Scotland has seriously overestimated the amount of electricity that might be generated from tidal energy in the Pentland Firth, the stretch of shallow water separating the mainland and the Orkneys, according to the first detailed study into what has been dubbed the “Scottish Saudi Arabia”.
Scientists have estimated that the maximum average amount of electricity that can be generated from tidal turbines placed in the Pentland Firth is 1.9 gigawatts, with a more realistic output being nearer to 1GW.
However, the Scottish Government states on its website, “Energy in Scotland: get the facts”, that Scotland has 25 per cent of Europe’s tidal energy potential, which it says amounts to 14GW.
This kind of optimistic estimate has led some politicians to compare Scotland’s potential energy exports to those of Saudi Arabia, arguing that an independent Scotland will be able to export its spare electricity to Europe.
The study still found that the Pentland Firth is remarkable for its tidal energy potential, with currents running around the Orkneys at up to 5 metres per second due to the incredibly fast tidal stream running between the Atlantic Ocean and the North Sea.
“Pentland Firth promises to be one of the best sites in the world for tidal power. What our research shows is that it could potentially generate power equivalent to almost half of Scotland’s annual electricity consumption,” said Thomas Adcock, the Oxford University engineer who led the research.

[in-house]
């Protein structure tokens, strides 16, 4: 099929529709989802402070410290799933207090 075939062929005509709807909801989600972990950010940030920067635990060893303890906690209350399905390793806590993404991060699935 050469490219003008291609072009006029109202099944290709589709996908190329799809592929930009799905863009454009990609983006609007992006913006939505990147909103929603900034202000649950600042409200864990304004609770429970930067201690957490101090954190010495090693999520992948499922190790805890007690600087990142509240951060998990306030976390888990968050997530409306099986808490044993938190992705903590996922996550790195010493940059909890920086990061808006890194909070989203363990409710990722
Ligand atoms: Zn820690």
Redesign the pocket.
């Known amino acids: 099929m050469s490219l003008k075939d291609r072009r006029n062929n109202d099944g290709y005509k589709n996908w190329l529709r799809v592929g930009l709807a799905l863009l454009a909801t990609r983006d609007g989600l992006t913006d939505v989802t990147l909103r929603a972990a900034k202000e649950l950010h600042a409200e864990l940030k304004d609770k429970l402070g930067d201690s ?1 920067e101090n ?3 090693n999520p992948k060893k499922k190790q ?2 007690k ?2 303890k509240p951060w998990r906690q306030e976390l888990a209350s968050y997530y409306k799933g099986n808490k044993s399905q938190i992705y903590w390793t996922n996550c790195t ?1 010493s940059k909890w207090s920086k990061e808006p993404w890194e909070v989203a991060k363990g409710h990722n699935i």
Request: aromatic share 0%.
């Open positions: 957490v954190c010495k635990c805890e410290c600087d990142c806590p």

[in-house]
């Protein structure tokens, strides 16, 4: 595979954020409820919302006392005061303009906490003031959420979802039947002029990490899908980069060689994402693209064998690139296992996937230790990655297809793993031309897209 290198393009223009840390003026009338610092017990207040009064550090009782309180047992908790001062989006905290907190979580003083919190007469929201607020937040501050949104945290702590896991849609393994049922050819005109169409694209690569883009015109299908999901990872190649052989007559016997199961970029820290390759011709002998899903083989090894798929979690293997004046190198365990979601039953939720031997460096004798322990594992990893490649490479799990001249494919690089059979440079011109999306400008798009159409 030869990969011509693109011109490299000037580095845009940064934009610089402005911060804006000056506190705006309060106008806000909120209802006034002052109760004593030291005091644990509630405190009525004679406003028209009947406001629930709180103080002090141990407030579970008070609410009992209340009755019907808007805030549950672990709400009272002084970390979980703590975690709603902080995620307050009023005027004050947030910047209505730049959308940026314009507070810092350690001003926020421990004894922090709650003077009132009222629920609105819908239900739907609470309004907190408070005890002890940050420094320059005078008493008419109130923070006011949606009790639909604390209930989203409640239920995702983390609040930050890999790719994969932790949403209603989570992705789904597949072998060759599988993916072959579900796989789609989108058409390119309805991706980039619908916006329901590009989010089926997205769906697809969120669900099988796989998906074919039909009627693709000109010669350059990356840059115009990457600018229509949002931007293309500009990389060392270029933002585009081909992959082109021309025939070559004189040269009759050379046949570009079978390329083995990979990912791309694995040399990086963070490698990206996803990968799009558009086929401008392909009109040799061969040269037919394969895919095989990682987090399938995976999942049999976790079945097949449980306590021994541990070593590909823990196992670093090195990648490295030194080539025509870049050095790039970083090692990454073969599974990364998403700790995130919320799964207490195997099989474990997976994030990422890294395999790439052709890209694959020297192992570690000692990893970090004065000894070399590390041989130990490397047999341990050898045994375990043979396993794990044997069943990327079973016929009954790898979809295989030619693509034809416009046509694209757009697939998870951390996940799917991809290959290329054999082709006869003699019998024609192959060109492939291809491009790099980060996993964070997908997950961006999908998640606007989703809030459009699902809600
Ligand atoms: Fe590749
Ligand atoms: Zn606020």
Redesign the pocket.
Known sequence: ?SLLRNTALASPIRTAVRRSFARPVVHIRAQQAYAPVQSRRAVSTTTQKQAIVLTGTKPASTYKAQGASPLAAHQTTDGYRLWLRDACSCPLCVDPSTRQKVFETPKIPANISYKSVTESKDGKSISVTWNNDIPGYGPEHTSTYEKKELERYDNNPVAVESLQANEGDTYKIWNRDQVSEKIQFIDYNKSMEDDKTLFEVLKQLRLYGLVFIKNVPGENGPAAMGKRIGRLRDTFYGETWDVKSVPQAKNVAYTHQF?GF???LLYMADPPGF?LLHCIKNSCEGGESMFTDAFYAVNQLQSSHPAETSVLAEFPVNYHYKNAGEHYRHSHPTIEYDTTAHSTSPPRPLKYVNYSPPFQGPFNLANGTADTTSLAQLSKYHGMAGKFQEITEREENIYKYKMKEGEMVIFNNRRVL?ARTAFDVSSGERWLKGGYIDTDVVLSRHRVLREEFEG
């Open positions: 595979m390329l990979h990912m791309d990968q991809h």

“Generally, for many reasons, the Scottish Government is keen to promote its renewable energy resources and get the investment to exploit it, but the estimates it gives for the Pentland Firth are considerably higher than what we are giving in this study,” Dr Adcock said.
“There’s a huge amount of tidal power there but it’s certainly not the case that Scotland will be able to export its tidal energy, which has been one of the arguments for Scottish independence,” he said.
The study, published in the journal Proceedings of the Royal Society A, estimated the maximum number of turbines that could be placed in the Pentland Firth without interrupting the flow of the current to a point where little or no electricity ends up being generated.
Three rows of turbines would be the maximum that could be deployed without seriously eroding the power-generating capacity of the tidal flow. This would produce a power output that could match or exceed that of wind turbines, which compete for investment, Dr Adcock said.
“Our study provides the first robust data about how much energy it would be feasible to extract… it is the most robust estimate to date.
“It also suggests that to be efficient any scheme would have to be ‘joined up’ so that, for example, individual tidal turbines did not cancel each other out and provisions were made to store the greater energy produced by spring tides and feed these back in at neap tides,” Dr Adcock added.
“Building handfuls of tidal turbines in ‘plots’ of ocean leased out to individual developers is not going to extract the maximum energy from Pentland Firth. To make the most of this unique site the placement of turbines would need to be carefully planned,” he added.